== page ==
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Is epistaxis associated with arterial hypertension? A systematic review of the literature


Both epistaxis and hypertension are frequent problems in the adult population. The relationship between the level of arterial pressure and incidence of epistaxis in a patient with hypertension is a question that appears frequently in the clinical practice. A systematic review of the literature regarding the relation of arterial hypertension with epistaxis was performed through MEDLINE and EMBASE. All studies, whether examining the correlation of arterial pressure at presentation of a patient with nasal bleeding or the repercussion of episodes of epistaxis in hypertensive patients, were included in this review. Studies were evaluated independently by two reviewers according to a standard evaluation form. Overall, nine studies fulfilled our inclusion criteria. Five of them were single-group (patient) studies, while the remaining four included a control group. In eight studies, the patient group included patients with epistaxis, while one focused on hypertensive patients. Six out of nine studies agree that arterial pressure is higher at the time of epistaxis, as compared to the control group or to the general population. Seven out of nine studies conclude that there is cross-correlation between arterial pressure and the actual incident of epistaxis. The presence of high arterial blood pressure during the actual episode of nasal bleeding cannot establish a causative relationship with epistaxis, because of confounding stress and possible white coat phenomenon, but may lead to initial diagnosis of an already installed arterial hypertension.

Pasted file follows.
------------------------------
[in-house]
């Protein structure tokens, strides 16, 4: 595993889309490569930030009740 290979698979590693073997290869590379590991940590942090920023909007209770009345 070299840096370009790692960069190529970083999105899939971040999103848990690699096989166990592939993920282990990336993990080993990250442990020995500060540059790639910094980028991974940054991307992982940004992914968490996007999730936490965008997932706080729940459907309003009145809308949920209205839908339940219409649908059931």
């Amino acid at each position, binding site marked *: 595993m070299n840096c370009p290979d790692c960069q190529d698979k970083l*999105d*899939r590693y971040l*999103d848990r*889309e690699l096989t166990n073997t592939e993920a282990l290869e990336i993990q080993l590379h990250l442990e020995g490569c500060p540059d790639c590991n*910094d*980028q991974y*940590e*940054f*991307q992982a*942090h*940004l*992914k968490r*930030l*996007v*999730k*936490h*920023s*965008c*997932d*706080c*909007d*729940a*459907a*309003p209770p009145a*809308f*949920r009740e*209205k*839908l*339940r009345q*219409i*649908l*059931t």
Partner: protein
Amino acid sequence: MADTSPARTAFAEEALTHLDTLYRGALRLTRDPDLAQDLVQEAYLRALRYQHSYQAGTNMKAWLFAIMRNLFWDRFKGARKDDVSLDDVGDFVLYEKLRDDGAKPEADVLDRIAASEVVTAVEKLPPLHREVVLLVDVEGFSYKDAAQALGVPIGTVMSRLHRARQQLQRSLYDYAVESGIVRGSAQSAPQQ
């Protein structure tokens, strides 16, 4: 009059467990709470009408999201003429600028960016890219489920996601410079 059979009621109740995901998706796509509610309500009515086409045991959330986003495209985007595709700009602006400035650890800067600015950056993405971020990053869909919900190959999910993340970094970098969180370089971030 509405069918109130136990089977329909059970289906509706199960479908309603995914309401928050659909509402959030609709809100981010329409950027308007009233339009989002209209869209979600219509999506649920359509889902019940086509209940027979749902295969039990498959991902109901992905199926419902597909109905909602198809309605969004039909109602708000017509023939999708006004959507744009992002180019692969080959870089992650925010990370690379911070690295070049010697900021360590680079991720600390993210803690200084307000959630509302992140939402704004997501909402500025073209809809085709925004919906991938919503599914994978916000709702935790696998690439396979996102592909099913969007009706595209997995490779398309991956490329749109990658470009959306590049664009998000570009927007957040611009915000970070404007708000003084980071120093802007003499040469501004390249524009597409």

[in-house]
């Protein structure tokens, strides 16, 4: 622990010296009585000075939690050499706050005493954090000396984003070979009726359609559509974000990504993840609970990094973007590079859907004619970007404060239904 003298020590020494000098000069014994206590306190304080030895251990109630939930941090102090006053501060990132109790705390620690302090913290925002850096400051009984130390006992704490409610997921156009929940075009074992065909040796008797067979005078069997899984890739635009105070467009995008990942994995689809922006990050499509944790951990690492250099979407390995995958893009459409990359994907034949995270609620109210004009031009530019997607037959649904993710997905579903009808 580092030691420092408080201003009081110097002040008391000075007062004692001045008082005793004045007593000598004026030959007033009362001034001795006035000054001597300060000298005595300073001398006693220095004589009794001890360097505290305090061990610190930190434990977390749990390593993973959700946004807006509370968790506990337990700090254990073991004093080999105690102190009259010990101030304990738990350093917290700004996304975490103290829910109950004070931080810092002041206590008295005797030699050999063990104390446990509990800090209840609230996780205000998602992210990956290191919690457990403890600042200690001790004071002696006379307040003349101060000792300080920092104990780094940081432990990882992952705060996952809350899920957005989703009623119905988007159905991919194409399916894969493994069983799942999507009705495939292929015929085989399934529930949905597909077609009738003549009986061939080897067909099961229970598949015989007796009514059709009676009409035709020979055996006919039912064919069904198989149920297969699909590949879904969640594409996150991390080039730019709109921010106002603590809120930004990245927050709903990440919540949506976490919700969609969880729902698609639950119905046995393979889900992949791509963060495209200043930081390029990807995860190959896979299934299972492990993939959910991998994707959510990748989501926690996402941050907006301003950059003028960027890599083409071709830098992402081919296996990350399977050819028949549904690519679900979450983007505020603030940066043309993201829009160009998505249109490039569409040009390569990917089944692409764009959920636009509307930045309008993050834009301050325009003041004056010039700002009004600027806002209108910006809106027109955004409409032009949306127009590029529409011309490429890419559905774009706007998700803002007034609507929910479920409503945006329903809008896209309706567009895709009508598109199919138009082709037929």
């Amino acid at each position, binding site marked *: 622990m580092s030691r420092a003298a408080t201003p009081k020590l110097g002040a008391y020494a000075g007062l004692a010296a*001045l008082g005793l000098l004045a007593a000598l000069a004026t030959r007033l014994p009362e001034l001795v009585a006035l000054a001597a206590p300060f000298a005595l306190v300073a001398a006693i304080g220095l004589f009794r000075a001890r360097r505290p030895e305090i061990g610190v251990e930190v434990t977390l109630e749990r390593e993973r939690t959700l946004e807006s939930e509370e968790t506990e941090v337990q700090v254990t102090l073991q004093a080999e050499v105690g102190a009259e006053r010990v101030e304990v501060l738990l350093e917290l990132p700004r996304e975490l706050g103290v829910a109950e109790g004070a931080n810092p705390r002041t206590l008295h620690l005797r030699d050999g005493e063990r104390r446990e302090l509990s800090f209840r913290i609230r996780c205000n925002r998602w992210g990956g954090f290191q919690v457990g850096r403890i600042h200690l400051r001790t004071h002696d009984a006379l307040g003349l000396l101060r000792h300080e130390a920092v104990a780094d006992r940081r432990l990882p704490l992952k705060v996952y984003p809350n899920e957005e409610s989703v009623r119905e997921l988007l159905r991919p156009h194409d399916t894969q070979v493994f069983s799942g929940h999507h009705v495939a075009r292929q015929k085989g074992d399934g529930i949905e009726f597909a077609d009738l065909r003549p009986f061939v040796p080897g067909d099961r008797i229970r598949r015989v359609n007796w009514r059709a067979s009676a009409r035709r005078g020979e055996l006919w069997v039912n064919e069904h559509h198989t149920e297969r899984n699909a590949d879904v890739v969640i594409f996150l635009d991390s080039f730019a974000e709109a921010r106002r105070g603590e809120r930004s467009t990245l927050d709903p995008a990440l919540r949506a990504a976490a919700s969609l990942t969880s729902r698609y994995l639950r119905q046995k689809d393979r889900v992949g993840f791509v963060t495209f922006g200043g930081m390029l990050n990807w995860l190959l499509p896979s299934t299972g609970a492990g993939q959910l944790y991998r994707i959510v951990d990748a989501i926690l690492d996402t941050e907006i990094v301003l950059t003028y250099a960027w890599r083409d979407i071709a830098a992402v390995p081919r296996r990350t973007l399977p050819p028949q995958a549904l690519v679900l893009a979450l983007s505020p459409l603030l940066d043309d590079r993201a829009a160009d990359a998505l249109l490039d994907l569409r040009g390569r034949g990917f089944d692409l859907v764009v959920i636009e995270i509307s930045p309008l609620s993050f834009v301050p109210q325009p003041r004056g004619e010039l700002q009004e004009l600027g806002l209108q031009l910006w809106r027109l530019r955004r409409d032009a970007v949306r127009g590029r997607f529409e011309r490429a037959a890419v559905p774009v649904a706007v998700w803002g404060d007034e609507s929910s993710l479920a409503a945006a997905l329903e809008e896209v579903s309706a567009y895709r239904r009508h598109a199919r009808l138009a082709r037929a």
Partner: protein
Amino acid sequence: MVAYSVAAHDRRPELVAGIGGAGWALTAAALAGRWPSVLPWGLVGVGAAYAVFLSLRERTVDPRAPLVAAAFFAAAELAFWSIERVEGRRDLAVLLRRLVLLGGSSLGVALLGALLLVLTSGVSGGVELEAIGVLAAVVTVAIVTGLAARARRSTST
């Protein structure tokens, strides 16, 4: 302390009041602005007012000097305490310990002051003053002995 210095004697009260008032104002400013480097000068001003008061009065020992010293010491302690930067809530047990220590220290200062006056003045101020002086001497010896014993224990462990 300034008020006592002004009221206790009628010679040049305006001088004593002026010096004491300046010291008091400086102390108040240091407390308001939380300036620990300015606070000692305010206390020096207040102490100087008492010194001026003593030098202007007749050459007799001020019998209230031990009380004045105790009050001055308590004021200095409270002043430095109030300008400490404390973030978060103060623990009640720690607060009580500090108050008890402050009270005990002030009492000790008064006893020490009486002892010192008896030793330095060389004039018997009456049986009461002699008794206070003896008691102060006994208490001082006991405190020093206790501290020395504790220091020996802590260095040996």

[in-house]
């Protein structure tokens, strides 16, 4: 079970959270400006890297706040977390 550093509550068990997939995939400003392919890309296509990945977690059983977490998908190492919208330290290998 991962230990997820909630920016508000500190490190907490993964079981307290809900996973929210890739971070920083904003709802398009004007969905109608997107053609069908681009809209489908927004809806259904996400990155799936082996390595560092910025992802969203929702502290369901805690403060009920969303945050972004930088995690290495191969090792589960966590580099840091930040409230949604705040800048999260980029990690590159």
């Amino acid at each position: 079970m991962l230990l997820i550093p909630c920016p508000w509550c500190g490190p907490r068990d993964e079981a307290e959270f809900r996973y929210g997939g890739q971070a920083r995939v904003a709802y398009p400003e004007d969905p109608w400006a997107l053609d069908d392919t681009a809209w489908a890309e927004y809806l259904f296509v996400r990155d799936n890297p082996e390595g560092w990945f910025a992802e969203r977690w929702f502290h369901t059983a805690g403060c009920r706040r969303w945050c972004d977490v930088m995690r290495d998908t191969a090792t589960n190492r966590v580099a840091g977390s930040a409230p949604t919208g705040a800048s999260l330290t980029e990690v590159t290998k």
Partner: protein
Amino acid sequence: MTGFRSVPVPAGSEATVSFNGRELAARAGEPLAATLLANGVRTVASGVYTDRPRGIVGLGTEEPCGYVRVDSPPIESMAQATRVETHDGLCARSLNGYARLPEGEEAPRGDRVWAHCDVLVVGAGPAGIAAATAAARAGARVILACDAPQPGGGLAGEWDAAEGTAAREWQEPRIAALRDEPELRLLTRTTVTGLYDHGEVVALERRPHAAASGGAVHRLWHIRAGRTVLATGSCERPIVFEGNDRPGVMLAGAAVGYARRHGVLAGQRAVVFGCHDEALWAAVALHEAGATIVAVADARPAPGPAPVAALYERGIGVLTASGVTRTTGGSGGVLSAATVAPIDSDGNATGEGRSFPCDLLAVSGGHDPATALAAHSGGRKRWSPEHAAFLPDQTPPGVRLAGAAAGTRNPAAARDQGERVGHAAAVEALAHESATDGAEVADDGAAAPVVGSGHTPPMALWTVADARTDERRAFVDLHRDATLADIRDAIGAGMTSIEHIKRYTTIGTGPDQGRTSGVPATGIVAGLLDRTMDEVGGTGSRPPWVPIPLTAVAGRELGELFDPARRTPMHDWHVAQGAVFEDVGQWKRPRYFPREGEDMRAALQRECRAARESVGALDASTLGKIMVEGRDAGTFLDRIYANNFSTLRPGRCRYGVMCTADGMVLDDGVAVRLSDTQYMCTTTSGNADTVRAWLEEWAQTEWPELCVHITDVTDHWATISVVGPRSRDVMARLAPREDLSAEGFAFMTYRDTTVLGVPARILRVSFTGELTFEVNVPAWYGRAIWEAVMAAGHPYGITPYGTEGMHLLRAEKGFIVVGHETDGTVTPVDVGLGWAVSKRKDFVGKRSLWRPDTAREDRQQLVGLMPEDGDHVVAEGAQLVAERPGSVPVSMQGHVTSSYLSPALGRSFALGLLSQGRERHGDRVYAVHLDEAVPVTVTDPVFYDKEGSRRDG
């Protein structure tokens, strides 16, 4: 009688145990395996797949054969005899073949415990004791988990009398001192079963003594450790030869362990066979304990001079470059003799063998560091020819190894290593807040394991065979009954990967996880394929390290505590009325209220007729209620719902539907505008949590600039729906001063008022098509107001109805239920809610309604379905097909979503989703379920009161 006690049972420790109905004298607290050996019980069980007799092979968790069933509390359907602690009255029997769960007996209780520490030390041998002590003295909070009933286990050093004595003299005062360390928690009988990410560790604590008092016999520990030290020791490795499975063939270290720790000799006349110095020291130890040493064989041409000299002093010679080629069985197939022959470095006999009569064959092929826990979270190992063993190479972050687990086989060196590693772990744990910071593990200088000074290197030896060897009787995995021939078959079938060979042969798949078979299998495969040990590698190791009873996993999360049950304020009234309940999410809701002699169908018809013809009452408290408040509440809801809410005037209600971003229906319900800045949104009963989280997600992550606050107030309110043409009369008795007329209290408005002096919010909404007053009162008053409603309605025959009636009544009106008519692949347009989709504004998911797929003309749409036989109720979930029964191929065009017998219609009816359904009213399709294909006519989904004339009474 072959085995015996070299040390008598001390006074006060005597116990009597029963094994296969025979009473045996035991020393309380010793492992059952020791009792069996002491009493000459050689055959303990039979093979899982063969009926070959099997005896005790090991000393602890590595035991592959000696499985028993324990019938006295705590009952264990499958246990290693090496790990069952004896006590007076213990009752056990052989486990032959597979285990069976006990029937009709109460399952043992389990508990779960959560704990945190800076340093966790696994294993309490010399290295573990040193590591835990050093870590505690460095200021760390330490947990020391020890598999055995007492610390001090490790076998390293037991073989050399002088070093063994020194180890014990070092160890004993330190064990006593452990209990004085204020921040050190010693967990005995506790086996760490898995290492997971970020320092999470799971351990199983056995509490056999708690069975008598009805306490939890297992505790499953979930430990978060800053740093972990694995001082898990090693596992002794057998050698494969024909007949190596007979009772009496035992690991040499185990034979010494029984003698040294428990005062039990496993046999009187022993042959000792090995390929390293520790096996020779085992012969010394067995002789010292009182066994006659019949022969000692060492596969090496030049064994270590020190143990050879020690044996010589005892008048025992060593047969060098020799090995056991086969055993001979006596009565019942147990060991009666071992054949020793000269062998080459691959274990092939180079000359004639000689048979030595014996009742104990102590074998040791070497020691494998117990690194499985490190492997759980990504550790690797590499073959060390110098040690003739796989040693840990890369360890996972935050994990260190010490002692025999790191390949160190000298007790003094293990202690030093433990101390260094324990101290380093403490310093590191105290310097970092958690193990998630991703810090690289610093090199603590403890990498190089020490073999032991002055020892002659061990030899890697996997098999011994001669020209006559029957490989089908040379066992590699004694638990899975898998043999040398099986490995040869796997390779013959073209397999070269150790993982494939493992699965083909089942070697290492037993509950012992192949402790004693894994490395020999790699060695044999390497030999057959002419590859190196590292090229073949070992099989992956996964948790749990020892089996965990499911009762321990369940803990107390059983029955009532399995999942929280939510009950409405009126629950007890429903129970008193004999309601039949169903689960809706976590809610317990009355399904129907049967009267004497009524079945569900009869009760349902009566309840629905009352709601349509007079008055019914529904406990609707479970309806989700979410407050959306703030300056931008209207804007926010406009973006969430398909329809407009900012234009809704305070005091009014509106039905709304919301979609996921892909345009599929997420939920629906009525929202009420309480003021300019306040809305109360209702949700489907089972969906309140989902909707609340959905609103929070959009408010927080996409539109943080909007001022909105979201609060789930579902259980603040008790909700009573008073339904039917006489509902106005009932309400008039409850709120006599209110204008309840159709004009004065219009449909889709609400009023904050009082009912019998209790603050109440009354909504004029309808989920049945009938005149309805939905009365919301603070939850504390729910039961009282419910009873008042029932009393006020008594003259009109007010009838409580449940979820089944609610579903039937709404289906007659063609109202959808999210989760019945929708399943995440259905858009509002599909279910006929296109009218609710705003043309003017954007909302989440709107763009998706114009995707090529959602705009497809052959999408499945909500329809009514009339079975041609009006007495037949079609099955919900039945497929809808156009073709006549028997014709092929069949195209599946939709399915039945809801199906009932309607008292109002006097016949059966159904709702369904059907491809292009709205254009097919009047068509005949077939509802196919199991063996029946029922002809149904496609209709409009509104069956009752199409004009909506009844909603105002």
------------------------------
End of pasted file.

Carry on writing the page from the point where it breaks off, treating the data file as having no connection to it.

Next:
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Correspondence to A. Hantzakos.

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Kikidis, D., Tsioufis, K., Papanikolaou, V. et al. Is epistaxis associated with arterial hypertension? A systematic review of the literature. Eur Arch Otorhinolaryngol 271, 237–243 (2014).

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